The 17° guide that comes with the E3 and E5 works well with both East and West style knives. For a finer edge, I was given an Upgrade Kit which includes 15° (East) and 20° (West) guides and an expanded selection of belts.

Since my knives are mostly made in Japan, I switched out the 17° for the 15° guide. I'll be interested to see if I notice a difference in time.

Right now I'm seeing a big improvement in the sharpness of my knives.  Of course, the true test will be Thanksgiving, when all hands and all knives will be pressed into action to bring the half a dozen salads, dozen side dishes and a carved turkey to the table.

Wednesday, September 5, 2018

Summer Tomatoes Saved for Winter Dishes

Even as the heat of the sun makes us wonder if summer will ever end, as the saying goes, "Winter is coming."

Walking through the farmers markets, I am happy to see a great abundance of tomatoes. With that abundance comes lower prices. Find a farmer who has too much of a good thing and the price comes down even more.


"Reduced to sell." "Soft ready to eat." Those are the tomatoes I look for. I'll buy them by the bagful. Five or ten pounds at a time. My plan is to prepare for a time when fresh tomatoes are a thing of the past.


I am anticipating a time when storm clouds are outside and I'm staring into the refrigerator looking for inspiration. I yearn for the produce of summer: leafy greens, corn and full-bodied tomatoes. But there is a way to enjoy the sweet-acidic deliciousness of tomatoes even in the darkest days of winter. Just look in your freezer.
With abundant tomatoes in the farmers markets, buy ripe tomatoes, roast and freeze them to be used in braises, soups and sauces in the fall and winter. Once blasted with heat in the oven, the tomatoes happily take to the freezer if they are covered in liquid.
Enjoy frozen roasted tomatoes whole or puree into sauce, and as rain beats against your windows and snow accumulates on your lawn, you will remember those heady summer flavors.

Oven-roasted tomatoes to use as a side dish or in sauces

Use ripe and over-ripe tomatoes. If you can find only unripe, hard tomatoes, leave them in a sunny spot on the kitchen counter until they ripen. Bruised tomatoes are OK as long as you use a sharp paring knife to remove the damaged parts. Avoid tomatoes with broken skin because of the risk of mold.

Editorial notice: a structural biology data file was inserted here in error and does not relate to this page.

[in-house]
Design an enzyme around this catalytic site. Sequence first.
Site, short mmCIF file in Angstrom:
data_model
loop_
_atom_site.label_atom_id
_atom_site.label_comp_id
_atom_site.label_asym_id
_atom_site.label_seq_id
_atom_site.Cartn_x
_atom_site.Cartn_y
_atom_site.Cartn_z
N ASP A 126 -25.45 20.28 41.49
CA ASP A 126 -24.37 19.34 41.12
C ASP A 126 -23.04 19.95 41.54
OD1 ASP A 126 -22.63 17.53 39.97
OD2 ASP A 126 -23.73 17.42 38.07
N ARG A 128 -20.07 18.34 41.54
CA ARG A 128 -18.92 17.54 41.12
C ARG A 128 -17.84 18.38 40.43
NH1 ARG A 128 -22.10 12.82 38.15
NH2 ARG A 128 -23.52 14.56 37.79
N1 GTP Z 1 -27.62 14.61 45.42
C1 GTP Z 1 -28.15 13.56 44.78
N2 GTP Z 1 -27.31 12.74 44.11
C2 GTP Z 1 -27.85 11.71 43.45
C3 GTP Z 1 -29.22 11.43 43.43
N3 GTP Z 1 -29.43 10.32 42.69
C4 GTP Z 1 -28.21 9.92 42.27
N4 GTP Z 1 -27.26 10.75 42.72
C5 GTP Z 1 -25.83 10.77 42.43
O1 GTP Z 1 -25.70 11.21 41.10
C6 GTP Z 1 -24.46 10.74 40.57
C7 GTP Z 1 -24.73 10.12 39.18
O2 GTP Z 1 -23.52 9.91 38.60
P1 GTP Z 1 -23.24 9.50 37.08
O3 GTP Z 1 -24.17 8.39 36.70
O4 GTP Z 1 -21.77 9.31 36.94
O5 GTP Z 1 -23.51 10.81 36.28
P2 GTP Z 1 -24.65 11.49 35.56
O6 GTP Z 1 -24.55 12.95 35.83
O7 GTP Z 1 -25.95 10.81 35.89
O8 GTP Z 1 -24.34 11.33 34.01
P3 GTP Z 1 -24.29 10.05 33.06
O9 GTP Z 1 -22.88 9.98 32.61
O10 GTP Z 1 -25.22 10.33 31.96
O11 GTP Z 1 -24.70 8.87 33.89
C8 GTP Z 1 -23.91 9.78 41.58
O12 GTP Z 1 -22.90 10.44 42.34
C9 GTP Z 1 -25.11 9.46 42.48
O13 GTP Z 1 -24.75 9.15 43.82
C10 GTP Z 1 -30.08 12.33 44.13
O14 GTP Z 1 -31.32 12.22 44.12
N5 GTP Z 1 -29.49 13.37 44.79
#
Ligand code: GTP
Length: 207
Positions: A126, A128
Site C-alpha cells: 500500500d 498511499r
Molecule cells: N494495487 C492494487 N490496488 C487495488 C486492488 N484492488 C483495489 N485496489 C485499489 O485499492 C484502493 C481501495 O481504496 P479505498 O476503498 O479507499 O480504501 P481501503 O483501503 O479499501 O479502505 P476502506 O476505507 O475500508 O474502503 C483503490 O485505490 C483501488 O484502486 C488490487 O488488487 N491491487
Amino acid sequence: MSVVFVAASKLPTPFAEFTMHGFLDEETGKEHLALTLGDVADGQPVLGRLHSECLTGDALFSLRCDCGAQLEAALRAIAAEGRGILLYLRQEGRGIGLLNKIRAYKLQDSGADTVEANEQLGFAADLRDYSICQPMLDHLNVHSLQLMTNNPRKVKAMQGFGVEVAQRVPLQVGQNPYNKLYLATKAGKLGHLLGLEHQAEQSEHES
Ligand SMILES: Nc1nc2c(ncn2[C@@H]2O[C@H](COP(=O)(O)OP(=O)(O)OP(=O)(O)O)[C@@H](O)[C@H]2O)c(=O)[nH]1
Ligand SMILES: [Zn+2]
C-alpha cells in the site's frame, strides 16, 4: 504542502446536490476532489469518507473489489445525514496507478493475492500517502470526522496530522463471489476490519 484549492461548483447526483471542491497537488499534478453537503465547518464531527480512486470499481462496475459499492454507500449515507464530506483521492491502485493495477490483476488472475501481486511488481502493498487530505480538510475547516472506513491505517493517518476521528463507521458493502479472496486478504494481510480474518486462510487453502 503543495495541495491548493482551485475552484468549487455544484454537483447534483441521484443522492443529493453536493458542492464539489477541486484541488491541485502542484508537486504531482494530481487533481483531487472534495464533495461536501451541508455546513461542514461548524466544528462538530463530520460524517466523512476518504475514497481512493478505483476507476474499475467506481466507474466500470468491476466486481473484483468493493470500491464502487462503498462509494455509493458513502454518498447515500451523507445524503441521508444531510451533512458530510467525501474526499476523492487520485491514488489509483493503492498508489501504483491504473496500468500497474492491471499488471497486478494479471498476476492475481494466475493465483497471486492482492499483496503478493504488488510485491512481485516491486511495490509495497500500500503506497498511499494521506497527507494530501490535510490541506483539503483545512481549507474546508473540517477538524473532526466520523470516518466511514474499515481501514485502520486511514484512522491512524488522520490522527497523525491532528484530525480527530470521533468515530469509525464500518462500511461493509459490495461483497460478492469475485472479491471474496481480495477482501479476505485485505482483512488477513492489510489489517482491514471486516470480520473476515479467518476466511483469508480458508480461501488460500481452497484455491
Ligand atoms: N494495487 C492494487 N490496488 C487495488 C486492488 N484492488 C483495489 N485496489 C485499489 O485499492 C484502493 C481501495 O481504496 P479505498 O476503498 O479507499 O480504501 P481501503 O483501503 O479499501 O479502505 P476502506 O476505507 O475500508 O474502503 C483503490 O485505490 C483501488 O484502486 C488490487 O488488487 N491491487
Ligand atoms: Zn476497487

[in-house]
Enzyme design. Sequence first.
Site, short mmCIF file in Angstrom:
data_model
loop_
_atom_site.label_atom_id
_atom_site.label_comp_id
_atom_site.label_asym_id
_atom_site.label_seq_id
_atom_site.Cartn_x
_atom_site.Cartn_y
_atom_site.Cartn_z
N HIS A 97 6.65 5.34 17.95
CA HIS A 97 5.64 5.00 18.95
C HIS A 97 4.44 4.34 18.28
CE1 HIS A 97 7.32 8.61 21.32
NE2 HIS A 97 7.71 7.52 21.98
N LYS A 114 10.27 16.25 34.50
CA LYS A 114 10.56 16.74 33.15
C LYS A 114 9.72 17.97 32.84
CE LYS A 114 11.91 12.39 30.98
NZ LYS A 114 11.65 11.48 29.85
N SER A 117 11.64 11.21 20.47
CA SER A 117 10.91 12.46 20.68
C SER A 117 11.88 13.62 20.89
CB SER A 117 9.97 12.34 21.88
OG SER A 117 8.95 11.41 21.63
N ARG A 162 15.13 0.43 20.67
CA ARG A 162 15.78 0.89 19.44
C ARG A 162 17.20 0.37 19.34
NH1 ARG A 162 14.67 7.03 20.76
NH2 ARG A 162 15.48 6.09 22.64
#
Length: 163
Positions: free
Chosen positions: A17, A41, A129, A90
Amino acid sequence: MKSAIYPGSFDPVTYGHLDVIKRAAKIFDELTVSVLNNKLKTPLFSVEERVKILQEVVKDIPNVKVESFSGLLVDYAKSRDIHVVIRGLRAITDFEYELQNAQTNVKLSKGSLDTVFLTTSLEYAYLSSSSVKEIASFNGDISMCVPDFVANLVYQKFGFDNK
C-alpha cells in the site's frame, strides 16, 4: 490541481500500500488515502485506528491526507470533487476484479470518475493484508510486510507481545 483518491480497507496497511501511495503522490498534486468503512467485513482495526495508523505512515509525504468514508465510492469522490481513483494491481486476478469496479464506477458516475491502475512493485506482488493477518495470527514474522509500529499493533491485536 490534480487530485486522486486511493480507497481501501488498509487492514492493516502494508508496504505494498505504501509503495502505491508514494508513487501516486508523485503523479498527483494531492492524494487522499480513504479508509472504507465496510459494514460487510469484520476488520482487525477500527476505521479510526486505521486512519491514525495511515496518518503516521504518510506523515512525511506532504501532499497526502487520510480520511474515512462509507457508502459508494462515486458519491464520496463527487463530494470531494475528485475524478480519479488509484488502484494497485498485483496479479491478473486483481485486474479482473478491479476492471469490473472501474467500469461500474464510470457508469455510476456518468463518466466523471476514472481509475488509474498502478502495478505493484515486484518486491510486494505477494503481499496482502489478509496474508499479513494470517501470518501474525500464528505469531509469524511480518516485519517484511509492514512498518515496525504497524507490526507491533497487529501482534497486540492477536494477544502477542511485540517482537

Any kind of tomato can be used: heirloom, Roma, cherry, large or small salad tomatoes.
A food mill is helpful when making the sauce. If one is not available, a fine meshed wire strainer will do almost as well.


When roasting the tomatoes, it is important to use parchment paper or a nonstick Silpat mat to prevent the tomatoes from sticking to the baking sheet. With a Silpat mat, none of the good bits that caramelize on the bottom are wasted.

Roasted Tomatoes

Tomatoes love the sun’s heat when they’re growing. And they love the oven’s heat that coaxes a rich umami sweetness out of their naturally acidic souls.
That sweetness is at the heart of the roasted tomatoes that will be in your freezer.
Prep time: 5 minutes
Roasting time: 60 minutes
Yield: 1 to 2 quarts
Ingredients
5 pounds tomatoes, washed, patted dry
1 tablespoon olive oil
¼ teaspoon sea salt
¼ teaspoon freshly ground black pepper
Directions 
1. Preheat oven to 350 F.
2. Line a large baking sheet with a Silpat mat or parchment paper cut to size. Use a baking sheet with a 1-inch lip to capture any liquids created during roasting.
3. Use a sharp paring knife to cut a “V” shape around the stem, remove and discard. With cherry tomatoes, any stems can be brushed off the surface without making a cut.
4. Place the de-stemmed tomatoes on the lined baking sheet, stem side up.
5. Drizzle with olive oil and season with sea salt and pepper.
6. Place in oven and roast 60 minutes.
7. Remove and let cool.

Freezing Whole Roasted Tomatoes

When you remove the baking sheet from the oven, you’ll notice a clear liquid has accumulated on the bottom. Some of that is olive oil. But most of the liquid is a clear tomato essence prized by chefs for its clean flavor.
If you are freezing some of the roasted tomatoes whole, use the clear liquid to cover the tomatoes in the deli containers.
Use airtight containers that are about the same width as the tomatoes so you will need a small amount of liquid to cover them.

Defrosting Whole Roasted Tomatoes

When you want to use the tomatoes, take them out of the freezer in the evening and let them defrost overnight. If any ice crystals have accumulated on top of the tomatoes, rinse off the ice before defrosting.
If you want to serve them whole, the tomatoes can be warmed in the oven or microwave. They are delicate, so handle them carefully.

Whole Roasted Tomato, Easy-to-Make Pasta Sauce

A deliciously simple pasta sauce to make any time of the year, not just in winter. Serve the pasta with steamed vegetables, a charred steak or a grilled chicken breast and you will have a perfect cold weather meal that warms body and soul.
The flavorful tomato sauce can become a vegan dish by simply omitting the butter and cheese.
Prep time: 5 minutes